• Moment – Dan had been teaching workshops; and this led to helping them build a new business.
  • Camera & Phone Straps – working with a leather maker to create beatiful little camera straps. It’s a small scale project, but heaps of fun and leads to other things.
  • Hiut Denim – they run the Do lectures in a field in Wales, as well as making jeans. He got to know the owner of the company, they found out Dan has a design background… now they’re collaborating to make a pair of jeans.

Once people know you do a thing, they start asking for it. Other people are asking Dan to design books now. They’ll probably start asking him to produce music too. Amazing things happen because Dan started conversations and said 'yes’ to things.

This all came from an intentional decision to go back to being driven by interest, tapping into a mindset of curiosity more like we had as kids.

One last thought that came out of Dan’s chats to John Allsopp… The importance of being human in a world increasingly dominated by tech. An overlooked common element is often you. You are the thing that connects otherwise-unrelated things, other interests. You are the connection.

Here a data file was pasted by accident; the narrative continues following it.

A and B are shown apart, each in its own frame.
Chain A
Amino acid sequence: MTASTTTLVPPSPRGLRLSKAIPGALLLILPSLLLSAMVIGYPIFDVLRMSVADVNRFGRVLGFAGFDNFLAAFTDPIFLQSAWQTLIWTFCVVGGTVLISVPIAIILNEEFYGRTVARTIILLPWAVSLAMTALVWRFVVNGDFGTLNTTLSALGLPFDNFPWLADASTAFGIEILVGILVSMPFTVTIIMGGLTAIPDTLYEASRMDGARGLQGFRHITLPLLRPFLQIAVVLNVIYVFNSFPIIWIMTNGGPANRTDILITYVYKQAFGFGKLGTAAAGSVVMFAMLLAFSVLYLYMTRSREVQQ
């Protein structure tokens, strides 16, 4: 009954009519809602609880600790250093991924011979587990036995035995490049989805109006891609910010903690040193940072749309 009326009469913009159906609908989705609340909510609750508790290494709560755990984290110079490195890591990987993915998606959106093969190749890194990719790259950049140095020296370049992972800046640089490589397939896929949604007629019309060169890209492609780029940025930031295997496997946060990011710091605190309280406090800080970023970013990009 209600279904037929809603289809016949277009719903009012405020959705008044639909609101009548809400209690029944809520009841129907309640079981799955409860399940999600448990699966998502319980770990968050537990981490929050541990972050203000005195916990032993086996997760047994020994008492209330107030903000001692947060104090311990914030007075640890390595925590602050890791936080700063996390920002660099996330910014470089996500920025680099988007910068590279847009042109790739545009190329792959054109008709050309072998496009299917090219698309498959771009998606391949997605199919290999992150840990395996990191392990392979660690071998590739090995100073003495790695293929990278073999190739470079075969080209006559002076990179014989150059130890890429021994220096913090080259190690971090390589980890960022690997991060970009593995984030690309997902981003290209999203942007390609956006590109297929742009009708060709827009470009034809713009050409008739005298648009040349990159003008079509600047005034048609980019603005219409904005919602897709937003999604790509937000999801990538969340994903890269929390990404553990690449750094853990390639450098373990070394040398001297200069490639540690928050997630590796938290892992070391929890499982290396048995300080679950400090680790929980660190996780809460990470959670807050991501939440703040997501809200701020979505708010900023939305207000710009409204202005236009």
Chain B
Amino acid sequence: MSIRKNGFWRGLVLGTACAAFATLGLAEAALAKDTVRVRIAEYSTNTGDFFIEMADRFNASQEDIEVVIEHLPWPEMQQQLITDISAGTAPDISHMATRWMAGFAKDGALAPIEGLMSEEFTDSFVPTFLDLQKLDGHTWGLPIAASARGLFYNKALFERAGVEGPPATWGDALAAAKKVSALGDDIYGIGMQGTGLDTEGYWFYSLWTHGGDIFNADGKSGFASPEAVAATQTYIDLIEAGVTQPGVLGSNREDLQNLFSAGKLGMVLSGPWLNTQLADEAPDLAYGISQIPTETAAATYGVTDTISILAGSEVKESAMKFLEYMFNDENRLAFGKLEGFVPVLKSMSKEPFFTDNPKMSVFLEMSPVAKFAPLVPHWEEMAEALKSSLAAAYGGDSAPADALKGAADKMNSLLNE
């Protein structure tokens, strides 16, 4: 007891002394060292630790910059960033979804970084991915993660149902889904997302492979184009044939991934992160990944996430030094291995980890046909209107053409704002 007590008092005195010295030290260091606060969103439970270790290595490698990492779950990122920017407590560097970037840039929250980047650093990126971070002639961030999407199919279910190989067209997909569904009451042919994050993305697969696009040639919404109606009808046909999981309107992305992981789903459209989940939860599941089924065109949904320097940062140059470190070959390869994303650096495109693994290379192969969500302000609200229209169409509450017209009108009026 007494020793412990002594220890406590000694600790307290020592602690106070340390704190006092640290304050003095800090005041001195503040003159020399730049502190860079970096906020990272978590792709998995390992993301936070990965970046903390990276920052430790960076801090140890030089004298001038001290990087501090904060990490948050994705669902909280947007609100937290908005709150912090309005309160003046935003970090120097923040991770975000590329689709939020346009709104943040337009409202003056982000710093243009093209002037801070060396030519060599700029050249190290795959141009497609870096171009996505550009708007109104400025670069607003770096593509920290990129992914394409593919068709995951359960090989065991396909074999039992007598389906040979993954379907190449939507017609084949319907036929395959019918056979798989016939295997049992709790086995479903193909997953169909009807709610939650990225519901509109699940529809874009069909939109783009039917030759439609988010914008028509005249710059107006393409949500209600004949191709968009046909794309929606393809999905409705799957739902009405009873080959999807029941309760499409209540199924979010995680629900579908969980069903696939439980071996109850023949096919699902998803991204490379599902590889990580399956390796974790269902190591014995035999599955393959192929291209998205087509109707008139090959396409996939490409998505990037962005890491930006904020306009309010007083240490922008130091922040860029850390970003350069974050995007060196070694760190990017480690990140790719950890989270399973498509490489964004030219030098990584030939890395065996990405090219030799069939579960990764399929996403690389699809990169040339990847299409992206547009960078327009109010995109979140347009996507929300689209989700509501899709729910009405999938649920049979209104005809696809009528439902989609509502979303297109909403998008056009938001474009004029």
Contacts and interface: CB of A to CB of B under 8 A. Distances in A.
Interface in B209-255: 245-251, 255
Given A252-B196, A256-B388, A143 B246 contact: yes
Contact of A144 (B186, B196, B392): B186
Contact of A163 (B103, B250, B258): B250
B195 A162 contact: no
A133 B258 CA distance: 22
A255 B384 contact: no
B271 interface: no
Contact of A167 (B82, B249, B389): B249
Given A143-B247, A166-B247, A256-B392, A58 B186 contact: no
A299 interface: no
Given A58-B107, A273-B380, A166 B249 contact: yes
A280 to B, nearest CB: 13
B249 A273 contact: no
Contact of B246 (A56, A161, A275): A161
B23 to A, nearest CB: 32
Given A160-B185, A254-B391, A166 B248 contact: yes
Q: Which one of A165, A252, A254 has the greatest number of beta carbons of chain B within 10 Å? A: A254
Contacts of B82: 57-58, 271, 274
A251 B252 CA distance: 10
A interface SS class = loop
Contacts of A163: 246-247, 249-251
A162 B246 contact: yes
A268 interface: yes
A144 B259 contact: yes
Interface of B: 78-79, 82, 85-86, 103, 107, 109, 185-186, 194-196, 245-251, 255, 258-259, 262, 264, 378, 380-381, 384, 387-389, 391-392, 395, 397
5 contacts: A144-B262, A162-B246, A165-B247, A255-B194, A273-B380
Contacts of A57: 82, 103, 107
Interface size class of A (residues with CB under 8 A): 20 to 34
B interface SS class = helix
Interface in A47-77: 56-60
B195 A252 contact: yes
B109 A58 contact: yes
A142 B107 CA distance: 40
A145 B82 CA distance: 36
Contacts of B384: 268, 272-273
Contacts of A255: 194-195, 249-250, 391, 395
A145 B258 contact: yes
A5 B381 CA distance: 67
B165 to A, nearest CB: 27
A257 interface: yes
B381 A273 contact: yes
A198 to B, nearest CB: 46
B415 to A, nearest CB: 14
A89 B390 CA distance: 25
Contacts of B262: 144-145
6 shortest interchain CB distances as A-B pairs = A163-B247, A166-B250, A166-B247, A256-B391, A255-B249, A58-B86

Ref: David Lee Ted Talk – Why jobs of the future won’t feel like work

David Lee’s talk talks about getting people to work on things they’re inspired to do.

When you can bring your Saturday self on Wednesdays, you’ll look forward to Mondays More. – David Lee

We are now in a world that connects us to our interests; and to other people that share them.

If you can connect the dots between your interests, it can help you explore and lead to opportunities you wouldn’t find otherwise. The most exciting discoveries happen in the overlaps, the unexpected intersections between things.

Explore the intersections.


Photo walk

After conference close a group gathered for a photowalk from the venue to a chilled out pub destination in Erskineville. Photowalks are as simple as they sound: you walk, you talk, you take photos. Each person's style means they will take a different photo even when standing right next to someone else. Some take portraits, some focus on shadows, industrial artefacts, street art or cats. That's the joy of photo walks!

#wds17 #photowalk with @danrubin 2/4

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@danrubin in action. #wds17 photo walk. #nofilter #sydney #sydneyafternoonphoto #goldenhour